Are We Asking the Wrong Question?                by Nathan Bramsen


The questions on believers’ hearts may vary across cultures and nations, but we share some common concerns. One question consistently surfaces regardless of the demographics or geography. It is, “Why are so many of our youth leaving the local church?”

I think this question may be intrinsically flawed since the goal should not be to “keep youth in the local church,” but rather, to see unconditional disciples of Jesus Christ formed in this 

generation. As Paul put it, until “Christ is formed in you!”

The reality is that the majority of our kids are not ultimately leaving due to the music style, the size of the congregation, or the traditions. They leave because, far too often, we are in a maintenance mode rather than a missional mindset. The church was never intended to be a holy huddle seeking to survive in a wicked world. We were created to intimately know our God and to intentionally make Him known “in the midst of a crooked and perverse generation, among whom you shine as lights in the world.”

The Gospel of Jesus Christ gives us a relationship worth living for and dying for. This generation is looking for exactly that. A purpose. Their purpose. Are we preparing our kids for marriage but not for possible martyrdom? Do our Sunday school classes aim to entertain them on the weekend or equip them for the work? Are we seeking to pattern them after a mold or prepare them for a mission? Are we trying to preserve our role or pass the reins? Would we rather have our kids in our physical proximity than to see them persistently proclaiming the message of hope in this world’s darkest places?

Allow me to encourage you with three “beauties” I see in many local assemblies of believers.


The first beauty is an un-compromised Gospel. Salvation is absolutely through faith alone in Jesus Christ, but this is not a mere walking the aisle, praying a prayer, or making an intellectual assent to Jesus’s person. Christ doesn’t want to be part of anyone’s life. He wants all of it. He became flesh, died for mankind’s sin, and conquered the grave not primarily to save people from hell but to bring them into a relationship with Himself. When Jesus walked among men, He never communicated the idea that believing in His name would cost anything less than everything. “So therefore, any one of you who does not renounce all that he has cannot be my disciple.”When we water down the message to fit into our current lifestyle, we suggest good news that is powerful enough to change a soul but not a life.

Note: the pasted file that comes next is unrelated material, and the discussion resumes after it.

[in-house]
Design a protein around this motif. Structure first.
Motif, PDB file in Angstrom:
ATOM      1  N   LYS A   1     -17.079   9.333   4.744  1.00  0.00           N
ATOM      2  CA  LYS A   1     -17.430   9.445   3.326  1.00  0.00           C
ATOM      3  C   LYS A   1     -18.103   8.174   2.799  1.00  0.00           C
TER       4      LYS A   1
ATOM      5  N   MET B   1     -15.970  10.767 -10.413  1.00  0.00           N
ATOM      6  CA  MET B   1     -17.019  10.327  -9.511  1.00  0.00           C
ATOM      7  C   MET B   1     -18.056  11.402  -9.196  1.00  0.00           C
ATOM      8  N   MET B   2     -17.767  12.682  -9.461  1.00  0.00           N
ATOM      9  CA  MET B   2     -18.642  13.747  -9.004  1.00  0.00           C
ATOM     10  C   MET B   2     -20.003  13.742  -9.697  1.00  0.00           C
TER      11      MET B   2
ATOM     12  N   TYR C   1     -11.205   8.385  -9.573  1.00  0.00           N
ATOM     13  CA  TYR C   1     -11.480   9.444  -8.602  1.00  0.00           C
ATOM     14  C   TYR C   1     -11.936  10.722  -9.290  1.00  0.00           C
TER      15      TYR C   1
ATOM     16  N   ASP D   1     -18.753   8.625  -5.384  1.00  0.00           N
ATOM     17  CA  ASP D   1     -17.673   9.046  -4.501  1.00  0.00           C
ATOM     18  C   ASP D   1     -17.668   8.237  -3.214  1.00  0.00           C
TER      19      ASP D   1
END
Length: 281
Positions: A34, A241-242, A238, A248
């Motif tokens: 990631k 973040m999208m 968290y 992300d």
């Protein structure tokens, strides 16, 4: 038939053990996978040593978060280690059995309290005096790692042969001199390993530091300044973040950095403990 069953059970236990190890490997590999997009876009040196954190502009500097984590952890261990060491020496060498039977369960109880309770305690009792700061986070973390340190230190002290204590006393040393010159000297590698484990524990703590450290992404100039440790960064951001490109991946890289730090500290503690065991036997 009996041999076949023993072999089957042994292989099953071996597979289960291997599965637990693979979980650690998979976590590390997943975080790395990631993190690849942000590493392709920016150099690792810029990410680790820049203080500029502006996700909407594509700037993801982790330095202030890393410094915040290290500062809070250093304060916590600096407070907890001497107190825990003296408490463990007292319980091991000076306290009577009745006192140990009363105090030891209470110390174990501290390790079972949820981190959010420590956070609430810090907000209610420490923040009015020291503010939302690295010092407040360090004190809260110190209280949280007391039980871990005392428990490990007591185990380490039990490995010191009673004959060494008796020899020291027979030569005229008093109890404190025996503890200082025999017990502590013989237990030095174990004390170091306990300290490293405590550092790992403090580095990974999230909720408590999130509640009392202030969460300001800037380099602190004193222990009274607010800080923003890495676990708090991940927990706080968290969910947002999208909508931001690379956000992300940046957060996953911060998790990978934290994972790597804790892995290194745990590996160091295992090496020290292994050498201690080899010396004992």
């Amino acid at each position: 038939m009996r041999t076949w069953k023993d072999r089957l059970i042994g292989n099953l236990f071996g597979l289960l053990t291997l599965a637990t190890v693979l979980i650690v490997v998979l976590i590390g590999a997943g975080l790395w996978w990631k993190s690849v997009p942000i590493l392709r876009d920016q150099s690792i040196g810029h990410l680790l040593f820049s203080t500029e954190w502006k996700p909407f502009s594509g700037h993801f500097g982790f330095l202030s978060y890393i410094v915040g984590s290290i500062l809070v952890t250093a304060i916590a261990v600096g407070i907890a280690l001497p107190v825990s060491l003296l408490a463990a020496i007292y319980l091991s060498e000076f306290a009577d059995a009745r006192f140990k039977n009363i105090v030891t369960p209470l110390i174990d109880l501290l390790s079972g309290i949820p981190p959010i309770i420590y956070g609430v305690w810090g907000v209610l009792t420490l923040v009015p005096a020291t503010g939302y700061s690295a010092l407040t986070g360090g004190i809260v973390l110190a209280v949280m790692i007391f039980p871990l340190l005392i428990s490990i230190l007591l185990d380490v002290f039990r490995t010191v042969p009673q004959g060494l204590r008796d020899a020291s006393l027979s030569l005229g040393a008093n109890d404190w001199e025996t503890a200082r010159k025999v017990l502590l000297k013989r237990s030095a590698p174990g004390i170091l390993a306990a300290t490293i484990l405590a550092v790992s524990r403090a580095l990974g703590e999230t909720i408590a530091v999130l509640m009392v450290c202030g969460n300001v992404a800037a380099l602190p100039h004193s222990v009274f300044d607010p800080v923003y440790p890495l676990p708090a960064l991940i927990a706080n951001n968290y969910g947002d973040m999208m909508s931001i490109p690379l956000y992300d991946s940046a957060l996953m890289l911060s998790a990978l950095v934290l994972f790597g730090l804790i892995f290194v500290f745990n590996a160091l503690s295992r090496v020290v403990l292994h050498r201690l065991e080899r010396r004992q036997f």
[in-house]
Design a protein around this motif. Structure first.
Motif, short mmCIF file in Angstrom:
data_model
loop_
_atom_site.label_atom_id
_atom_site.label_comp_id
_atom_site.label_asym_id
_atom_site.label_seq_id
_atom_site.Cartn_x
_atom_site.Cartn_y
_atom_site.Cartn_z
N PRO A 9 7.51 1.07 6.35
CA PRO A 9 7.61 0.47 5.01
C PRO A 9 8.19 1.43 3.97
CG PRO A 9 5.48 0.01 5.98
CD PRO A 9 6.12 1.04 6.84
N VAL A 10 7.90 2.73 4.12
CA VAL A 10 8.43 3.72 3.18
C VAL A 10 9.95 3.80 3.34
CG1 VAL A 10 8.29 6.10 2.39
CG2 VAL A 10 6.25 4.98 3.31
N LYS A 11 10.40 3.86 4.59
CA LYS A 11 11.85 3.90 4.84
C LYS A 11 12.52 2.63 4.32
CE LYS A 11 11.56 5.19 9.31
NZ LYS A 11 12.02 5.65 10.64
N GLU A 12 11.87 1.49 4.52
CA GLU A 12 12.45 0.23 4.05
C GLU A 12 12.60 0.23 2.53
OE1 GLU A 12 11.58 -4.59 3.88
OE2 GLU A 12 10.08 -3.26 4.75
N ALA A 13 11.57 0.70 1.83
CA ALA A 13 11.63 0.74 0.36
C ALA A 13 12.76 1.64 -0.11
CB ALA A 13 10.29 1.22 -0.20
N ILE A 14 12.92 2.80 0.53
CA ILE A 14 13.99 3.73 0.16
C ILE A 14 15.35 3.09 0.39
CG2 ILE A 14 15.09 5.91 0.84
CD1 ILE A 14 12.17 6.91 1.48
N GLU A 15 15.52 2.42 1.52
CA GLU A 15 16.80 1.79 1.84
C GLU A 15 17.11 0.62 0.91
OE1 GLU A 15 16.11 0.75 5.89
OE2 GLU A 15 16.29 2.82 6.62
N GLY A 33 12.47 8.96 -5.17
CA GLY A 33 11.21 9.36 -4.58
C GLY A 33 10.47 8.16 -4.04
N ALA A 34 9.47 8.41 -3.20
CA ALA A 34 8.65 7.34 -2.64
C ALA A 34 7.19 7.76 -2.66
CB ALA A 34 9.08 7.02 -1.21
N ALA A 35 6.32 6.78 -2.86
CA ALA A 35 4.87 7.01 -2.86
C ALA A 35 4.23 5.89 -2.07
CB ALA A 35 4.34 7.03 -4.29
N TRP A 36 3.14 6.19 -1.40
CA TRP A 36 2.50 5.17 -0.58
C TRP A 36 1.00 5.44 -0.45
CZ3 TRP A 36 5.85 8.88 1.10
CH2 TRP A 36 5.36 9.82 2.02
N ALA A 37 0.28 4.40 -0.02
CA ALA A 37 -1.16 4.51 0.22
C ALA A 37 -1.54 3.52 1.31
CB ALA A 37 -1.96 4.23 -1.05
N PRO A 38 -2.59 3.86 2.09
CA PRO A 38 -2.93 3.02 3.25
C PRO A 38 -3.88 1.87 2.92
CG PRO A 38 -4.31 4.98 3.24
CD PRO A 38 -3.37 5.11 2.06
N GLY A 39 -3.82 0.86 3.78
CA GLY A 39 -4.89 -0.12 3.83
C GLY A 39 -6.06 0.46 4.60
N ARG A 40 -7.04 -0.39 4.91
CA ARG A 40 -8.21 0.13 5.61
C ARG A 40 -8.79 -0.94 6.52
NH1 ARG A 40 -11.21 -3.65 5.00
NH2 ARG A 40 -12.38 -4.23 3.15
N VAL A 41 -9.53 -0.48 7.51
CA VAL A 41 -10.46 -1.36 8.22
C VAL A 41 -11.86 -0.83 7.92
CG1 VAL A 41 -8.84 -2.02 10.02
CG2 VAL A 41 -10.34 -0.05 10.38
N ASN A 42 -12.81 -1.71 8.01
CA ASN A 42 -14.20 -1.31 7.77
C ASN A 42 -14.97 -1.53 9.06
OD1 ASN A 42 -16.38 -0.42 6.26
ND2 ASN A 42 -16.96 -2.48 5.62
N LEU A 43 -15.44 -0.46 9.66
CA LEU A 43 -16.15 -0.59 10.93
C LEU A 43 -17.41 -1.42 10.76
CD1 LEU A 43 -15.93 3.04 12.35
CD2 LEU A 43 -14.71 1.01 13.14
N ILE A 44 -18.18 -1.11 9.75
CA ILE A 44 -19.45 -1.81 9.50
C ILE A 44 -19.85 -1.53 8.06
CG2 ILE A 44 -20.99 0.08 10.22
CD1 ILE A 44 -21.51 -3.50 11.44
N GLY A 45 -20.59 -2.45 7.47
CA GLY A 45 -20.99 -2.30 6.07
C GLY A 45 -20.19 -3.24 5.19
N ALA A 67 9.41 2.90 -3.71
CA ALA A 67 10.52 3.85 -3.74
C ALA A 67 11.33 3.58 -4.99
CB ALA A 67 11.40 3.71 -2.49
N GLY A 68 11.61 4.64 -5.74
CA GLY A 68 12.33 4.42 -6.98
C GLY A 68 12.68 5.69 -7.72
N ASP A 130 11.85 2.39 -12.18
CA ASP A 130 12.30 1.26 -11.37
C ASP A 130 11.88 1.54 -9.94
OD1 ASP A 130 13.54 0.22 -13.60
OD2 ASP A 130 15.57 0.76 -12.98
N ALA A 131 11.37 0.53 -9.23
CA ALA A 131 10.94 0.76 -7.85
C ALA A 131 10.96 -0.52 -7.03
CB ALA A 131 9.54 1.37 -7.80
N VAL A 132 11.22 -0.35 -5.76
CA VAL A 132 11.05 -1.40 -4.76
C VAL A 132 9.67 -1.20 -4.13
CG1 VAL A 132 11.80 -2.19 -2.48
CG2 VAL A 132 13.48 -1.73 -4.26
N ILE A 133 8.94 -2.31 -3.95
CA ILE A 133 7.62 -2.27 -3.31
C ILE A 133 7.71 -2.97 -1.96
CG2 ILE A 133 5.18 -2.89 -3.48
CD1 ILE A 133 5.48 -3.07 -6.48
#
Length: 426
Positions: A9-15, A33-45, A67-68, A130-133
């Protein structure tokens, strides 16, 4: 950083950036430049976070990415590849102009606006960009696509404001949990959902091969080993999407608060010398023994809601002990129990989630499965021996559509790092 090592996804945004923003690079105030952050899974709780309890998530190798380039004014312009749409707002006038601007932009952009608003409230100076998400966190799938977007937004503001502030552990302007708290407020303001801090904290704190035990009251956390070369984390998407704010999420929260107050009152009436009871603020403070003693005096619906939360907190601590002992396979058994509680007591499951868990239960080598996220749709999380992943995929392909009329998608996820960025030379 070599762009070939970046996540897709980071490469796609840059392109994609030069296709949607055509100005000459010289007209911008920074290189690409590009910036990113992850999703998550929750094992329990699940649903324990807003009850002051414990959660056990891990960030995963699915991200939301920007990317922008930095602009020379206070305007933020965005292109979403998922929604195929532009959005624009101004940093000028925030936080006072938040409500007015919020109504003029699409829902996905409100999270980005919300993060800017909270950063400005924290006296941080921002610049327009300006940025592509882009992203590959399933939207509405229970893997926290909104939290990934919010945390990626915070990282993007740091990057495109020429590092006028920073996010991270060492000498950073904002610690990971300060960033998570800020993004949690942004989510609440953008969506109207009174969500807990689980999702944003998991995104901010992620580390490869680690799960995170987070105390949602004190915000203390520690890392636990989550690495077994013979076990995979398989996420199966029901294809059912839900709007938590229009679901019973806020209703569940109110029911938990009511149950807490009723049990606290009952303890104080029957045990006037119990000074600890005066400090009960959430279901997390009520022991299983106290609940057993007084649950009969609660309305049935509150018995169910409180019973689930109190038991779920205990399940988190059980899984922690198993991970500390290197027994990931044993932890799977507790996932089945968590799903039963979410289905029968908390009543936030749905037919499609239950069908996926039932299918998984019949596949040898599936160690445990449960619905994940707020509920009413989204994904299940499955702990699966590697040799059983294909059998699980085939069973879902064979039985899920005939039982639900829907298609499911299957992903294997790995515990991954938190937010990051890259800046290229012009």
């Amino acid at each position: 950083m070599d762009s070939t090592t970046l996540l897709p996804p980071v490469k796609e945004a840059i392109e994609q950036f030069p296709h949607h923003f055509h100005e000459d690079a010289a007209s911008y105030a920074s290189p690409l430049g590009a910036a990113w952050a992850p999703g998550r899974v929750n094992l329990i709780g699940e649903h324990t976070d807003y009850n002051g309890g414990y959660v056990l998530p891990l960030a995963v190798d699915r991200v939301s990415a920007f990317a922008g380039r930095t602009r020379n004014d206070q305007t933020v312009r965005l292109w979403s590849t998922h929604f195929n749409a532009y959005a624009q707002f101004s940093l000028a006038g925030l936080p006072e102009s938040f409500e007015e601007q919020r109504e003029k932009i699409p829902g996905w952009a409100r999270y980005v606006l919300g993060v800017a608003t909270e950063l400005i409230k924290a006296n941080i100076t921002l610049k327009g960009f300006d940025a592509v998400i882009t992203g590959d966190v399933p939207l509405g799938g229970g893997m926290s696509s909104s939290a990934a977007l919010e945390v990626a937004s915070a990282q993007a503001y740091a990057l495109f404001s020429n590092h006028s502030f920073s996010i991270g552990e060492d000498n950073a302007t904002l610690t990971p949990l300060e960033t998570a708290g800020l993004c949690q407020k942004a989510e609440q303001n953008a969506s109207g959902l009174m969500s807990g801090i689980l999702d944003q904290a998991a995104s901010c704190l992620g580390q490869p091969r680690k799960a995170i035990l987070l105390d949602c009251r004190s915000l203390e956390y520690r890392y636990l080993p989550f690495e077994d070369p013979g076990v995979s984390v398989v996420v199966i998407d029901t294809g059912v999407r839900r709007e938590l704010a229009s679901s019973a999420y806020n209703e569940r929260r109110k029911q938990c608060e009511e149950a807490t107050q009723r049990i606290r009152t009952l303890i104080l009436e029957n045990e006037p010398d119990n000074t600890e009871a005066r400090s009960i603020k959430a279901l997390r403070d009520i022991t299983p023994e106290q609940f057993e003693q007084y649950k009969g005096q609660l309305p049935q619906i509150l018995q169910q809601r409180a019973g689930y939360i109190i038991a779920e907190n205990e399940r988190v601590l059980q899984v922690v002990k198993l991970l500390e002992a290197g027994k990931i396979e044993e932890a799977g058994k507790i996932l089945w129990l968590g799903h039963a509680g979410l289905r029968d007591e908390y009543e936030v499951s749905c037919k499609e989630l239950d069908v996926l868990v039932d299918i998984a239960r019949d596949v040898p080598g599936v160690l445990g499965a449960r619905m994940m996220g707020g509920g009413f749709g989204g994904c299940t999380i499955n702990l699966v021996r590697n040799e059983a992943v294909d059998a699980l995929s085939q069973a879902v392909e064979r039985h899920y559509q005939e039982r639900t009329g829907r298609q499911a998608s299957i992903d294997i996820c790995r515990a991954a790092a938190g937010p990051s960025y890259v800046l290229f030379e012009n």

The second beauty is the preaching of an unconditional call. Isaiah responded, “Here am I,Send me!.” God had said nothing about the details of the call. Isaiah only knew the One calling. Paul reiterated this heart to Timothy in saying, “Fight the good fight of the faith. Take hold of the eternal life to which you were called and about which you made the good confession in the presence of many witnesses.” Are we encouraging our youth to go all-in in this battle at school, home, society, and work—even at the expense of losing their job, earthly dreams, financial stability, and even their own life? Yes, this message will ultimately be taught through example.


The third beauty is an unrelenting commitment to God’s global mission. This commitment is to identify and intentionally equip lives in our local gathering to do “the work of ministry.” Are we actively looking for gifting in the body of Christ into which we might pour our resources, time, and energy that they might be prepared to step up, not at our death but in our decision to relinquish control? When the local church becomes a training ground, when our prayer meetings become war rooms for global advances, when our communion services become passionate expressions of His worth, both we and our youth will not be attending because it’s the right thing to do but because it’s the very purpose for which we exist.

When we get back to emphasizing the mission of God to strategically see every soul reached at the great cost of our time, privacy, preferences, and finances, we will see a great work of God in our days.